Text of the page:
Congress has the power to pass a law to replace the section tossed by the court, but the prospect of that is flat out laughable.
We are in the grip of the worst partisan political environment many of us have ever seen. Along with that partisanship, we seem to have developed a national tendency to paranoia that is often paired with a gullibility that results in huge groups of people being willing to believe just about anything. If you want the votes of a large group, just figure out what they are afraid of and play to that. Seems to work every time. We are becoming a country that is afraid of everything and everyone.
Right now, a large share of Americans have been convinced that there is a horde of illegal aliens whose primary purpose is to register to vote and take over our election process.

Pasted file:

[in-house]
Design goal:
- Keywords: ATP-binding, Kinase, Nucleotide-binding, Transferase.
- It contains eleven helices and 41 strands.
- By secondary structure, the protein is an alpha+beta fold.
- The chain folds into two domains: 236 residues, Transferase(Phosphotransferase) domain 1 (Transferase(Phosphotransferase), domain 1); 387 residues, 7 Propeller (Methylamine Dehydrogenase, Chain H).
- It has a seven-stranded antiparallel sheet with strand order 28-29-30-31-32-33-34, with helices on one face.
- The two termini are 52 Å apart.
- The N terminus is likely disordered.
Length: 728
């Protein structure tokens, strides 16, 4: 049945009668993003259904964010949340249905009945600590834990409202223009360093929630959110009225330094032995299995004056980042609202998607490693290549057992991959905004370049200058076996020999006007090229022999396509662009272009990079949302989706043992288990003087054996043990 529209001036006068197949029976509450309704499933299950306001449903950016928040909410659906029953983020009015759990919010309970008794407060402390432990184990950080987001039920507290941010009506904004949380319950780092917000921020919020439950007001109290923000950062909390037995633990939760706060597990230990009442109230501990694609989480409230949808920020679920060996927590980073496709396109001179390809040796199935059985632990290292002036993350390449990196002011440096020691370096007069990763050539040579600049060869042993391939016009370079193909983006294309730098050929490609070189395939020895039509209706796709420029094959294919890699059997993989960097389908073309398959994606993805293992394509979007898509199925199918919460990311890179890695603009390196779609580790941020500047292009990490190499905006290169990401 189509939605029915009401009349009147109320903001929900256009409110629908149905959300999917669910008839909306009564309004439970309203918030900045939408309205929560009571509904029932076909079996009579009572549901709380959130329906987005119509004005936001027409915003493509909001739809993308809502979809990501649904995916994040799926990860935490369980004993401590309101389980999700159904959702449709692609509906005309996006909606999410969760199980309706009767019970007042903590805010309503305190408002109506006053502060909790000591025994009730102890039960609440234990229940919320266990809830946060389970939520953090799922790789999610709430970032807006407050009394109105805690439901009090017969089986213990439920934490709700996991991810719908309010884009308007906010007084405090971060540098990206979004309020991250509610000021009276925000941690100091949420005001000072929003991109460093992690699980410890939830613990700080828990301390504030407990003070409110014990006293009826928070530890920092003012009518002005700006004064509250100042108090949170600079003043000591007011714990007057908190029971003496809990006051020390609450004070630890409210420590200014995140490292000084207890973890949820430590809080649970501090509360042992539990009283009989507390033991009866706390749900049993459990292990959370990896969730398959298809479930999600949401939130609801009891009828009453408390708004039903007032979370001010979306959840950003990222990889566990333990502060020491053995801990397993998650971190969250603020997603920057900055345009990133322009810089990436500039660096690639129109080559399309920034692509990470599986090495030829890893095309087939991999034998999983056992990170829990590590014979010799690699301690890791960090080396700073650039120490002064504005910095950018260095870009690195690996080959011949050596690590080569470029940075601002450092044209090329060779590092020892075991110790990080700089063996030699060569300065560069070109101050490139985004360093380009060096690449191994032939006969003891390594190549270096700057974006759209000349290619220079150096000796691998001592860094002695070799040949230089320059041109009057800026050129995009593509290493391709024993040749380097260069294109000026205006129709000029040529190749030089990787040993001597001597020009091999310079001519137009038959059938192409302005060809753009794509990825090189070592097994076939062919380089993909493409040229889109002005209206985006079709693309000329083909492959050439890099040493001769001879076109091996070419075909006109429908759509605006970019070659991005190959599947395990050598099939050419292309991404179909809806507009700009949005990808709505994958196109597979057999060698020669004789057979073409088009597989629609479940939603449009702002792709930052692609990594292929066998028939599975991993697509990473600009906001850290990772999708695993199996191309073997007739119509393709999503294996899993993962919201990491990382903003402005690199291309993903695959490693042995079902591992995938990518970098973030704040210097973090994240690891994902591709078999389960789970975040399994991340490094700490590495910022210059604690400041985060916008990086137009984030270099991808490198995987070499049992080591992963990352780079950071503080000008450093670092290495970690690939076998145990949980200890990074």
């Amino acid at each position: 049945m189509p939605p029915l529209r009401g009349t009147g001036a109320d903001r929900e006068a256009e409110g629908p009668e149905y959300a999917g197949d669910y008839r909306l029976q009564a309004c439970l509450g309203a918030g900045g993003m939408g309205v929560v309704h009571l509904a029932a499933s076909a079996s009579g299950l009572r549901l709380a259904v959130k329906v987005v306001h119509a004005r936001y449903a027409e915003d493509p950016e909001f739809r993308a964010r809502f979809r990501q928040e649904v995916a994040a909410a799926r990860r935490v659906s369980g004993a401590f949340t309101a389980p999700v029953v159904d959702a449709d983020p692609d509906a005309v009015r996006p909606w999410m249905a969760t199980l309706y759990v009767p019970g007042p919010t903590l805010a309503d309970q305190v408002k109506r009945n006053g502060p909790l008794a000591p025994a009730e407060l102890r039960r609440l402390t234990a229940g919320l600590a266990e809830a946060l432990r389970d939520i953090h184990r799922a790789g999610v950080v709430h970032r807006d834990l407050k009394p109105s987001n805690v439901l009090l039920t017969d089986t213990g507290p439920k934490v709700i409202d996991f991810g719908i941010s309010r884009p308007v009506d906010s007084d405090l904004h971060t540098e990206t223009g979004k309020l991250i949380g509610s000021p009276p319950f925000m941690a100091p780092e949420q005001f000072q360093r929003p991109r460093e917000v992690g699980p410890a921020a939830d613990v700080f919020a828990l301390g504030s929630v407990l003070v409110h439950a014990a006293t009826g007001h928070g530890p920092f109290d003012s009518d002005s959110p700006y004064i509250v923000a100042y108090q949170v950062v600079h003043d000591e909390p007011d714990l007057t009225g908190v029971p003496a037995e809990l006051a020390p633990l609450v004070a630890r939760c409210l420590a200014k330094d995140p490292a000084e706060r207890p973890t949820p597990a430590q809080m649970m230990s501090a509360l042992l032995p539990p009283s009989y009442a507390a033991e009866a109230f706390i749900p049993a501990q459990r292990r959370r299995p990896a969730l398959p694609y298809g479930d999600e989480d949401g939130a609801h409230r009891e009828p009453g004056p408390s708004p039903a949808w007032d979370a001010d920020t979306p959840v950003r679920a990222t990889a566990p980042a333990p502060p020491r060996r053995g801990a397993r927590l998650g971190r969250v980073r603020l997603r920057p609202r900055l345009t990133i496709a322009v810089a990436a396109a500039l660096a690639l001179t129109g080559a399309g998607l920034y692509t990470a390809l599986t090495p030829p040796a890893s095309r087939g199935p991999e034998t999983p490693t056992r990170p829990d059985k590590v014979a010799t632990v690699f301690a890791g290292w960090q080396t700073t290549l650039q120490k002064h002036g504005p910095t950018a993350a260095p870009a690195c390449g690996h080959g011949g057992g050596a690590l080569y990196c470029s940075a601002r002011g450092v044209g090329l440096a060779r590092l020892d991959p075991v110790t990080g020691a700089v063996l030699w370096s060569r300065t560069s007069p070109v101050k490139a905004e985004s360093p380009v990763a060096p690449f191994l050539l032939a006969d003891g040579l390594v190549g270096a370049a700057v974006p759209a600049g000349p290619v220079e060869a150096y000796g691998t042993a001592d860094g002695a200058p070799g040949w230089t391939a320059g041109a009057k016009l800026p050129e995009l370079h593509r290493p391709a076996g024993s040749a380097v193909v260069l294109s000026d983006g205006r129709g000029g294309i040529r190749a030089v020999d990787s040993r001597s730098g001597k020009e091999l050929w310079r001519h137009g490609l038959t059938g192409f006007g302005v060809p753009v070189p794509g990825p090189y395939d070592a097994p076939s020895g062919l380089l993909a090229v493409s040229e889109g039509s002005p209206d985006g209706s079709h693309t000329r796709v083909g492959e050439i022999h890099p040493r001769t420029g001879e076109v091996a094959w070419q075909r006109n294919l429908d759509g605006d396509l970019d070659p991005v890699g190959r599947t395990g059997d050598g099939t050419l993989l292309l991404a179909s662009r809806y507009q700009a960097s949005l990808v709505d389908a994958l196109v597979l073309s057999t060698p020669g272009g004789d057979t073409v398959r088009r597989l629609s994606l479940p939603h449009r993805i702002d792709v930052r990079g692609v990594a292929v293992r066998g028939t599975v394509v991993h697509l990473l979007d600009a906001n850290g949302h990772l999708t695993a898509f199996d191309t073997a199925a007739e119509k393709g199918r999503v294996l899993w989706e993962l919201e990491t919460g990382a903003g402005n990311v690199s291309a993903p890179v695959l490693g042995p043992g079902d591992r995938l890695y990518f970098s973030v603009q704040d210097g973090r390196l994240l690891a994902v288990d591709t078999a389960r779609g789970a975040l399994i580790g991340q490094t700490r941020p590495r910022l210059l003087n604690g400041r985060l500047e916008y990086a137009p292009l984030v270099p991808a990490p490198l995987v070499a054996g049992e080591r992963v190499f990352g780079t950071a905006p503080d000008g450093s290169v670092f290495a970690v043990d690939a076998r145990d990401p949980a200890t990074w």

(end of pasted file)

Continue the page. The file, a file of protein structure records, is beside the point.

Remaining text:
As a result, there are lots of those "second-generation” barriers to voting being thrown up in states all across America. Voter ID, proof of residency, voter purges, poll watchers – all attempts to combat that most elusive of crimes -- voter fraud.
07/11/2013 at 5:04pm
It’s a good thing American society has moved beyond the stigma of slavery, racism and discrimination that so polarized our country over a century ago that we fought a bloody war to bring equality to all.
If you believe that statement, you haven’t been paying attention the last few weeks because we’ve been inundated with reminders that we are not yet the egalitarian society Americans hoped for with the passage of the Civil Rights Act (CRA) almost 50 years ago.Equality, that oh-so-elusive goal set down in the Declaration of Independence and clarified in the CRA, has been on center stage recently.